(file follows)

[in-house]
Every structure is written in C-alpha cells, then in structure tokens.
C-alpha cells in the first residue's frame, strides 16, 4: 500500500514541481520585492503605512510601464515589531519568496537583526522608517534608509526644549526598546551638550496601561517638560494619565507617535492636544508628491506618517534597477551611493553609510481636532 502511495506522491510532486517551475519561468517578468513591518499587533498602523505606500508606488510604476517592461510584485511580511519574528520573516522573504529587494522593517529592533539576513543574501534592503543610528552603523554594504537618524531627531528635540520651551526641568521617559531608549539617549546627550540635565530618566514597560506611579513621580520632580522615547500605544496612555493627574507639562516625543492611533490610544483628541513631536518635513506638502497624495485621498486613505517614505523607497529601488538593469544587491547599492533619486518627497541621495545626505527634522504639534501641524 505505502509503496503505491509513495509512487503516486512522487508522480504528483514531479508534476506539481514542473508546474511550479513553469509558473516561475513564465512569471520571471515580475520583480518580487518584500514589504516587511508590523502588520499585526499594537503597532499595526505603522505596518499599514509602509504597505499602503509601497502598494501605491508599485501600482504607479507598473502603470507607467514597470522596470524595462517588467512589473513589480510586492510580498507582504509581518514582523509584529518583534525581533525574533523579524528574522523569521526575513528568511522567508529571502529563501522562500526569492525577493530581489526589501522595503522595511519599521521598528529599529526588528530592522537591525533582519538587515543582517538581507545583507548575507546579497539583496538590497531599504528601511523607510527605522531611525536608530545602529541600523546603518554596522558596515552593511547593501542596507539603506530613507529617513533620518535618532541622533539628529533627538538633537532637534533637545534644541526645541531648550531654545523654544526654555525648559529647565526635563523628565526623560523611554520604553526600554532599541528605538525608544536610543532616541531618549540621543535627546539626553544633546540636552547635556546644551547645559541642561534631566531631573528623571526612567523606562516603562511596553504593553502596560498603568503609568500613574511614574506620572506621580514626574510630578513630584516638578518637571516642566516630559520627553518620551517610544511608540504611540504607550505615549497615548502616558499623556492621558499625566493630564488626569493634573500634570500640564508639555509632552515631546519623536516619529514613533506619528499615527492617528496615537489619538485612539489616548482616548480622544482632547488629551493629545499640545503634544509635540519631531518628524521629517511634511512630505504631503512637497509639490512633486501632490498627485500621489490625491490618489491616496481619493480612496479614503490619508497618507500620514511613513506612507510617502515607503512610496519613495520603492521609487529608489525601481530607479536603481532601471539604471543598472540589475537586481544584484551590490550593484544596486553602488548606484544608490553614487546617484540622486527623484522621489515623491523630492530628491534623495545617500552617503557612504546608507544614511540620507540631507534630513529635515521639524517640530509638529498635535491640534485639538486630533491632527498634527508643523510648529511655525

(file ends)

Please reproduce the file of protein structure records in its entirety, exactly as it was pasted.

[in-house]
Every structure is written in C-alpha cells, then in structure tokens.
C-alpha cells in the first residue's frame, strides 16, 4: 500500500514541481520585492503605512510601464515589531519568496537583526522608517534608509526644549526598546551638550496601561517638560494619565507617535492636544508628491506618517534597477551611493553609510481636532 502511495506522491510532486517551475519561468517578468513591518499587533498602523505606500508606488510604476517592461510584485511580511519574528520573516522573504529587494522593517529592533539576513543574501534592503543610528552603523554594504537618524531627531528635540520651551526641568521617559531608549539617549546627550540635565530618566514597560506611579513621580520632580522615547500605544496612555493627574507639562516625543492611533490610544483628541513631536518635513506638502497624495485621498486613505517614505523607497529601488538593469544587491547599492533619486518627497541621495545626505527634522504639534501641524 505505502509503496503505491509513495509512487503516486512522487508522480504528483514531479508534476506539481514542473508546474511550479513553469509558473516561475513564465512569471520571471515580475520583480518580487518584500514589504516587511508590523502588520499585526499594537503597532499595526505603522505596518499599514509602509504597505499602503509601497502598494501605491508599485501600482504607479507598473502603470507607467514597470522596470524595462517588467512589473513589480510586492510580498507582504509581518514582523509584529518583534525581533525574533523579524528574522523569521526575513528568511522567508529571502529563501522562500526569492525577493530581489526589501522595503522595511519599521521598528529599529526588528530592522537591525533582519538587515543582517538581507545583507548575507546579497539583496538590497531599504528601511523607510527605522531611525536608530545602529541600523546603518554596522558596515552593511547593501542596507539603506530613507529617513533620518535618532541622533539628529533627538538633537532637534533637545534644541526645541531648550531654545523654544526654555525648559529647565526635563523628565526623560523611554520604553526600554532599541528605538525608544536610543532616541531618549540621543535627546539626553544633546540636552547635556546644551547645559541642561534631566531631573528623571526612567523606562516603562511596553504593553502596560498603568503609568500613574511614574506620572506621580514626574510630578513630584516638578518637571516642566516630559520627553518620551517610544511608540504611540504607550505615549497615548502616558499623556492621558499625566493630564488626569493634573500634570500640564508639555509632552515631546519623536516619529514613533506619528499615527492617528496615537489619538485612539489616548482616548480622544482632547488629551493629545499640545503634544509635540519631531518628524521629517511634511512630505504631503512637497509639490512633486501632490498627485500621489490625491490618489491616496481619493480612496479614503490619508497618507500620514511613513506612507510617502515607503512610496519613495520603492521609487529608489525601481530607479536603481532601471539604471543598472540589475537586481544584484551590490550593484544596486553602488548606484544608490553614487546617484540622486527623484522621489515623491523630492530628491534623495545617500552617503557612504546608507544614511540620507540631507534630513529635515521639524517640530509638529498635535491640534485639538486630533491632527498634527508643523510648529511655525